North Korea mounted its largest ever military parade Saturday to mark the 60th anniversary of the armistice that ended fighting in the Korean War, displaying its long-range missiles at a ceremony presided over by leader Kim Jong-Un.
The missiles, mounted on gigantic trailers, rolled through the sprawling Kim Il-Sung square in Pyongyang, as jet fighters and helicopters screeched through the overcast skies above and soldiers chanted “Let’s fight, fight, fight. . .for our republic!”
Thousands of troops and spectators roared “Protect Kim Jong-Un with our lives” when the youthful leader appeared on the podium, flanked by top party and military leaders, in what the Nuclear-armed North described as its largest ever such display.
Kim, wearing his signature dark Mao suit, had been expected to use the anniversary to make a televised address but two hours into the parade he had yet to speak.
The parade, marking the 60th anniversary of the Korean War ceasefire on July 27, 1953 was being closely watched for any evidence that the North has made tangible progress in its ballistic missile program.
The last mass military parade in the North Korean capital was held on April 15 last year, for the birth centenary of the North’s founder leader Kim Il-Sung.
Since then, the North successfully launched a long-range rocket in December and conducted its third nuclear test in February.
Both events drew UN sanctions and triggered a dangerous surge in military tensions on the Korean peninsula that lasted for several months.
At Saturday’s parade, Kim and his troops saluted as the blue, white and red national flag and the yellow and red flag of the ruling Workers’ Party were raised.
The parade was overlooked by two large portraits of Kim’s father, Kim Jong-Il and grandfather, founding father Kim Il-Sung, hung on the gigantic Grand People’s Study Hall, which flanks the square.
Choe Ryong-Hae, the North’s highest military official, made a speech to the massed crowds praising “our great general Kim Jong-Un” and hailing the North’s “proud and victorious history”.
“A peaceful environment is more important than anything else for our country,” he said while warning that the North also had to be ready for war.
“All servicemen and people should. . .strengthen our defense and be firmly prepared to fend off any attacks from the outside.”
The parade April last year witnessed the first major public speech by Kim since coming to power following his father Kim Jong-Il’s death in December 2011.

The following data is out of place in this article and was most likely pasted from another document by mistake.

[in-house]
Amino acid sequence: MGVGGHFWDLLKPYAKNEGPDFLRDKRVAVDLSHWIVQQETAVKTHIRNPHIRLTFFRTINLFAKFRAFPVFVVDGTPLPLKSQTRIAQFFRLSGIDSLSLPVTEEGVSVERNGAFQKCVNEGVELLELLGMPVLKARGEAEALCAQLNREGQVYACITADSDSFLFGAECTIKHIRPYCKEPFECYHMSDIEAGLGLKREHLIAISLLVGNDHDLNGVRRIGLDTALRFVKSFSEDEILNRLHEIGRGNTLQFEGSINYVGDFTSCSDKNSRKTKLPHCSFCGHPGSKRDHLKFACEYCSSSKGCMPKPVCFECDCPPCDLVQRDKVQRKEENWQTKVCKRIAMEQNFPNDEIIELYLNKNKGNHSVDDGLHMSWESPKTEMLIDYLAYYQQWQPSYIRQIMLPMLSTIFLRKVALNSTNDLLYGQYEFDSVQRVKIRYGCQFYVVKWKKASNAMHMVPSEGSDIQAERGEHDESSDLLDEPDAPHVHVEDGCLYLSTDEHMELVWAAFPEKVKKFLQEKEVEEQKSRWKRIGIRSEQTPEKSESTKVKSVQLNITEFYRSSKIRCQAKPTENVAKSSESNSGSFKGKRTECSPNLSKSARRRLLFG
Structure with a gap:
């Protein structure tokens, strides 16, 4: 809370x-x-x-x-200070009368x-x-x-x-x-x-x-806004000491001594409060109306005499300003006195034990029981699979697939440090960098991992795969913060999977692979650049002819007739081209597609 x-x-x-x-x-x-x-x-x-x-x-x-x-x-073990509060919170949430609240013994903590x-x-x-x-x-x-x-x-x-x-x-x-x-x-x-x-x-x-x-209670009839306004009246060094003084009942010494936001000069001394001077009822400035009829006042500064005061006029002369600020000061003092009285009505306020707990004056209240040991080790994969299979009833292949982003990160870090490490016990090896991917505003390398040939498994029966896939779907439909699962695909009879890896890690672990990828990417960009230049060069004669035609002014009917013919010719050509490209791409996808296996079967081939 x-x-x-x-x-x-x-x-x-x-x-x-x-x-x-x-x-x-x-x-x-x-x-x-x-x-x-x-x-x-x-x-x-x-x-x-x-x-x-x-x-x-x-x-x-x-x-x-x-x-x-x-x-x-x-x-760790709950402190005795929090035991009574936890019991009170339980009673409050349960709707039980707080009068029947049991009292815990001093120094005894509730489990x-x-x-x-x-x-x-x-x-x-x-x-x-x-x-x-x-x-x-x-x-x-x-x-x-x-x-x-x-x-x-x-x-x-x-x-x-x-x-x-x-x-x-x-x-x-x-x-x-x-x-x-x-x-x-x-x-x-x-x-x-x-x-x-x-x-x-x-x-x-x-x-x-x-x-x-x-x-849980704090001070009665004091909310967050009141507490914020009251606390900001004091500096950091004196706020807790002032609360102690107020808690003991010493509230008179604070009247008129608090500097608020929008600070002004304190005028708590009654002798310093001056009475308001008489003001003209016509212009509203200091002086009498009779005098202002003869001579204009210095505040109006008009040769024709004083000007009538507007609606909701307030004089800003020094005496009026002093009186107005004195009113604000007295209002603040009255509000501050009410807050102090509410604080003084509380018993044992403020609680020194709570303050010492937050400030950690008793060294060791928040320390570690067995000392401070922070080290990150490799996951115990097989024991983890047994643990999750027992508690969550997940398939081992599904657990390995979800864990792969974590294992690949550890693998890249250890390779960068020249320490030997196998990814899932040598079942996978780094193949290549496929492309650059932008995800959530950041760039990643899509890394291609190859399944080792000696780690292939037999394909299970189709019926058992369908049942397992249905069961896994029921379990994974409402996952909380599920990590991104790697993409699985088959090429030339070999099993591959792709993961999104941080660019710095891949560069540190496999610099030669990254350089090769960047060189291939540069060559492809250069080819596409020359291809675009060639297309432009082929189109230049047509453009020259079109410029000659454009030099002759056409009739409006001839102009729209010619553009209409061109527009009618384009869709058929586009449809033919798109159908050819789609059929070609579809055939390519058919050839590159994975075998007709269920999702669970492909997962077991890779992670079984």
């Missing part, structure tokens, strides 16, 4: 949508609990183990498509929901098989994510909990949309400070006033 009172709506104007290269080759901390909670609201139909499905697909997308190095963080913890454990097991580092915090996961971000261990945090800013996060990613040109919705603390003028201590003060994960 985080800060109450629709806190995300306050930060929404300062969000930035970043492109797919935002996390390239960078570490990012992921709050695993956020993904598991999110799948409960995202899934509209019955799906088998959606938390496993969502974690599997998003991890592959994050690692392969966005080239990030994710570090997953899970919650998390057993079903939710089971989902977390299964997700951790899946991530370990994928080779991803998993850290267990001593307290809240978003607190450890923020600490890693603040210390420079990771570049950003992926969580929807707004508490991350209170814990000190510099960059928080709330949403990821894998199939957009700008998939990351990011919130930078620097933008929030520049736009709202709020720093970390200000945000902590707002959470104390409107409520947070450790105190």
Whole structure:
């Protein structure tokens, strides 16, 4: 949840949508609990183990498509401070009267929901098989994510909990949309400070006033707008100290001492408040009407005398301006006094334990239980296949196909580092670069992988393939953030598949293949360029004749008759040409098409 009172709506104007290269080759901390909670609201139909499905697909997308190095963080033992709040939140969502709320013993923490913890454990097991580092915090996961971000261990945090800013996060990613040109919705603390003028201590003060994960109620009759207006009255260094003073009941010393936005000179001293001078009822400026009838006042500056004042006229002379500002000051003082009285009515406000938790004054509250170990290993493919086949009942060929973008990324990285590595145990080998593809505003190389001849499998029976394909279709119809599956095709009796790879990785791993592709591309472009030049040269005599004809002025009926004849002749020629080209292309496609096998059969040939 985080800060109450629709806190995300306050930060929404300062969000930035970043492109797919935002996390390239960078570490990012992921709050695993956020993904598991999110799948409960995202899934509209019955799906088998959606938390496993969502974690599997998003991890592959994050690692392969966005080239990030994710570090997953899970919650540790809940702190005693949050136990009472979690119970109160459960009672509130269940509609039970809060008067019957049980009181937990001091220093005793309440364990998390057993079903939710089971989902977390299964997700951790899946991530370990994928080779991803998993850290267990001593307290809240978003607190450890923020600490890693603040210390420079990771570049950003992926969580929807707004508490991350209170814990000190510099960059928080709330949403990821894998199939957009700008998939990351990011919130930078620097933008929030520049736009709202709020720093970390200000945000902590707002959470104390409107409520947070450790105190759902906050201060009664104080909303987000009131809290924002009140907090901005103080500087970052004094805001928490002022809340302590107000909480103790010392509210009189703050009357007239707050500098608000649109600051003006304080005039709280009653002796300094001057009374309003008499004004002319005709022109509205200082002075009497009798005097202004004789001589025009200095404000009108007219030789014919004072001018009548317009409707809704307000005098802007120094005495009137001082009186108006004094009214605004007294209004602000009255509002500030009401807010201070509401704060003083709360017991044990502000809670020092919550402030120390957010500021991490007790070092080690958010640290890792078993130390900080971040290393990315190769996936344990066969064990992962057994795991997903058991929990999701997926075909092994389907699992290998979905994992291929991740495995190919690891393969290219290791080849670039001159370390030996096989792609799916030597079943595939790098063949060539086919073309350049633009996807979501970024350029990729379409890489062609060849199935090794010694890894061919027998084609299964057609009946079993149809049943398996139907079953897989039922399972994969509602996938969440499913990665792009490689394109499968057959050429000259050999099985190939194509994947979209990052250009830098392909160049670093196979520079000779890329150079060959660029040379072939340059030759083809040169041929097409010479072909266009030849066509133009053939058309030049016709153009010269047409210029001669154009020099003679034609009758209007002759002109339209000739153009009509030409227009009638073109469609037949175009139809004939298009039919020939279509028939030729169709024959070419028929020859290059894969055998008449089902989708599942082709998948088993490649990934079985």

China’s Vice President Li Yuanchao, heading the Chinese delegation invited for the anniversary celebrations, joined Kim on the podium.
China’s relationship with North Korea—famously described by Mao Zedong as being as close as “lips and teeth”—was forged in the 1950-53 Korean war which China entered to prevent the North’s total defeat.
But the relationship has weakened significantly over the years, as China’s economic transformation has distanced it from the ideological rigidity of the dynastic Kim regime across the border.
In line with UN sanctions, Beijing has moved to restrict Pyongyang’s financial operations in China which the international community says are the major conduit for funding its nuclear weapons program.
Li is the most senior Chinese official to visit Pyongyang since Kim took power.
During talks on Wednesday, the official Chinese news agency Xinhua said Li told Kim that Beijing would push for a resumption of talks on the de-nuclearization of the Korean peninsula.
Li joined Kim on Friday evening to watch a performance of the Arirang mass games by tens of thousands of gymnasts, dancers and students at Pyongyang’s 150,000-capacity May Day stadium.
Prior to the performance, the head of North Korea’s Supreme People’s Assembly Kim Yong-Nam gave a speech praising the North’s “great victory” in the Korean War.
“The US imperialists sustained a heavy defeat for the first time in their more than 100-year-long history of wars of aggression,” Kim said.
By contrast, the South marked the anniversary in more muted fashion.
In Seoul, President Park Geun-Hye urged the North to give up its nuclear ambitions and embrace change and peace.
“If the North makes the right choice, we will expand exchanges and cooperation and actively open up the road for prosperity of the North and the South,” she said. AFP